In this set up, various stakeholders with different backgrounds and interests have played together in shaping the port city of Yangon. They are as varied as the Port Authority, shipping companies, sailors, terminal operators, truck drivers, port workers, urban authorities, environmental organizations, educational institutions, labor unions, local residents, politicians, planners and architects, and all have different visions for the port city. The Myanmar Port Authority is one of the key players in the port city. It is a focal organization that associates with other stakeholders from the land and water side for co-development of the port and the city as a port city. 

Figure 3: Myanmar Port Authority Building, one of the colonial-
era buildings built in 1920 (Photo taken by the Author). 

The mission of the Port Authority is to facilitate the country’s trade and develop a sustainable and resilient port community. The Port Authority is located in the city center near to the water and ports, and its activities focus on facilitating international and domestic water transportation of goods and passengers. It coordinates with shipping lines, logistic companies, and customs for its interests in the development of maritime transports. On the other hand, the Port Authority usually debates with land authorities such as the municipality, the road and bridge authority on the issue of traffic management, land use issues and bridge clearance issues for the safe passage of vessels coming to the port. The Port Authority also cooperates with heritage related stakeholders for the maintenance and operation of historic port buildings. Yangon city hosts the largest number of colonial-era buildings in south east Asia and some of the significant colonial-era buildings include old red-brick warehouses and the port authority building itself.

Figure 4: Stakeholder map of the port city of Yangon (prepared
during the course “(Re)Imagining Port Cities: Understanding
Space, Society and Culture”)

Similar to the common challenges that occur in other port cities, conflicts between port and city interests continue the separation between the port and the city in Yangon. Combining the traffic of port and city became the biggest challenge for authorities in Yangon. The traffic congestion in the city has increased since 2010. The number of private vehicles is increasing as the government has allowed car import. The port tends to handle higher volumes of containers and larger vessels. Subsequently, the traffic of cargo trucks is also increasing. Port operators, consignees, consigners, and truck drivers are hindered by urban congestion, whereas the municipality, city dwellers and pedestrians have an interest in safe, clean streets without the noise that heavy truck traffic brings. They share the values of safety and well-being. To ease this traffic condition, the government temporarily solved the problem by banning port traffic during day time in the city. This, however, caused protest among port workers and thus remains a critical challenge for Yangon that can only be solved by a city-port planning approach to sustain the relationship of city and port.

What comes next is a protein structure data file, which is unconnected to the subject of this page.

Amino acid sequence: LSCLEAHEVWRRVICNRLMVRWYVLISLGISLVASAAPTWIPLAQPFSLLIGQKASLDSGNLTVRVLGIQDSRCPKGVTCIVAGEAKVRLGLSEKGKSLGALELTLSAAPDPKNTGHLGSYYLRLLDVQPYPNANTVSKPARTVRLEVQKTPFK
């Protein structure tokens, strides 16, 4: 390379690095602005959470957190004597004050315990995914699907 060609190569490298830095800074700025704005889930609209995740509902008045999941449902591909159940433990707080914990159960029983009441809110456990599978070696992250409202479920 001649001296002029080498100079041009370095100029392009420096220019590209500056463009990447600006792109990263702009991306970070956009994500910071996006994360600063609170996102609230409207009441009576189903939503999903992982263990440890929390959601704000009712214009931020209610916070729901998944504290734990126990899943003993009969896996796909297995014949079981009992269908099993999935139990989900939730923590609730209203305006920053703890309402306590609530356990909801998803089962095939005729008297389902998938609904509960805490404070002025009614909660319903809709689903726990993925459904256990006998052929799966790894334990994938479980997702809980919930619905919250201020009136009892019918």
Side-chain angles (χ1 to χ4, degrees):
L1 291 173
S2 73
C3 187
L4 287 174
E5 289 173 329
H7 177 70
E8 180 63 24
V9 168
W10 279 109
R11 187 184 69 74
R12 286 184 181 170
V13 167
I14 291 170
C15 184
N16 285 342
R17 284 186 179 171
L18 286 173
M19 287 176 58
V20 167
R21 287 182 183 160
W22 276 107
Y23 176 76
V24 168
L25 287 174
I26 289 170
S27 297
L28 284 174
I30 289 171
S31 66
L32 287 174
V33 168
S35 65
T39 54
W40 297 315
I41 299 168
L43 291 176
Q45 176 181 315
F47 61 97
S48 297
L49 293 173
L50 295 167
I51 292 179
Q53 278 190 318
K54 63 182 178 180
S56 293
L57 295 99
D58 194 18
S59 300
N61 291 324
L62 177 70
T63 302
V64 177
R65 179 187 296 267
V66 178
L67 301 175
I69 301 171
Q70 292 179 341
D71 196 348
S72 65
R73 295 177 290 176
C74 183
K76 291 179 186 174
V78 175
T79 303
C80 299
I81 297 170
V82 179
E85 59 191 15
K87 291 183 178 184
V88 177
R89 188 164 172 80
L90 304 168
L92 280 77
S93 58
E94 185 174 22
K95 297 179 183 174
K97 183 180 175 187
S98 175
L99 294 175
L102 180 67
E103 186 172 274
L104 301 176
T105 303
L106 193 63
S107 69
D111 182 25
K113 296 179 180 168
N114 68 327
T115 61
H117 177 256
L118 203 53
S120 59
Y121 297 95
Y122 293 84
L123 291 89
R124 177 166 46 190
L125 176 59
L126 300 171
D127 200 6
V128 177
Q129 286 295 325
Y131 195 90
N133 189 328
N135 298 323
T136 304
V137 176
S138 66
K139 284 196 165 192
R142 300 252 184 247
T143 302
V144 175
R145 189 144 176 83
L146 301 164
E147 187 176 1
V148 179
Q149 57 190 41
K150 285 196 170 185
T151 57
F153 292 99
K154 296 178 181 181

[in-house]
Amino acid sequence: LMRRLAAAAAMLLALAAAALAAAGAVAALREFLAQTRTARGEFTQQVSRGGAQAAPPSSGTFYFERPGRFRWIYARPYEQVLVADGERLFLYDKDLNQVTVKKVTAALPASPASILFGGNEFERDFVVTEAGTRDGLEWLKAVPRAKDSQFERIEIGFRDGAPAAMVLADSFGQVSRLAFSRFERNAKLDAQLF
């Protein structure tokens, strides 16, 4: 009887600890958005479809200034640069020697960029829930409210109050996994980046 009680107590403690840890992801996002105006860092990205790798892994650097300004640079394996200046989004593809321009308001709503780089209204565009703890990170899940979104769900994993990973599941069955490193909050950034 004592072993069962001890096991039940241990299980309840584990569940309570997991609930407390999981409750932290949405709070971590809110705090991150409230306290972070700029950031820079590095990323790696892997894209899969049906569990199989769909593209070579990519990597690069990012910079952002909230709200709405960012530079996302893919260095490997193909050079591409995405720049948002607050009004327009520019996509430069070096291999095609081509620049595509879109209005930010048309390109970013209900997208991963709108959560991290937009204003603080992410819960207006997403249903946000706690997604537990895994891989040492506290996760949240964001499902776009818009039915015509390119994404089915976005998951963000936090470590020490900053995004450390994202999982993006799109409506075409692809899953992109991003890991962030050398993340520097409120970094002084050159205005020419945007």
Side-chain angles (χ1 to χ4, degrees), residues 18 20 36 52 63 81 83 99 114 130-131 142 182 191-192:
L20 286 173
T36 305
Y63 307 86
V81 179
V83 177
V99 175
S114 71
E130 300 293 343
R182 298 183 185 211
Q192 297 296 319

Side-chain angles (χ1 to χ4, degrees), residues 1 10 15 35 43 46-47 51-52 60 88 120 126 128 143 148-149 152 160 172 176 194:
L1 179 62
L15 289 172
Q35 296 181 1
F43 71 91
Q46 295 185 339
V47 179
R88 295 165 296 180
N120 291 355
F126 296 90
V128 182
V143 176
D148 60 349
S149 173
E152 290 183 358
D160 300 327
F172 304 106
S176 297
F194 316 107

Political, economic and social turmoil has challenged port city relations in Yangon throughout history and will continue to do so in the future. How the port city will adapt - whether towards co-existing or towards separation - is critical for its  sustainability in the long term. A mutual development approach, the port city approach, is required to sustain the relationship between the city and port. Co-operation and correlation of both port and city actors is fundamental for creating port and city relationships. For Yangon, there are very few correlations between the port and city actors. Therefore, it is crucial to construct re-engagement of port and city actors as a first step. The concept of port city collaboration should also be distributed widely to all stakeholders in Yangon, and it would provide a smoother process in engaging different stakeholders towards a sustainable way of development as a port city. 

The free online course (Re)Imagining Port Cities: Understanding Space, Society and Culture, runs on the EdX platform. The blog was reviewed and edited by Carola Hein and Hilde Sennema.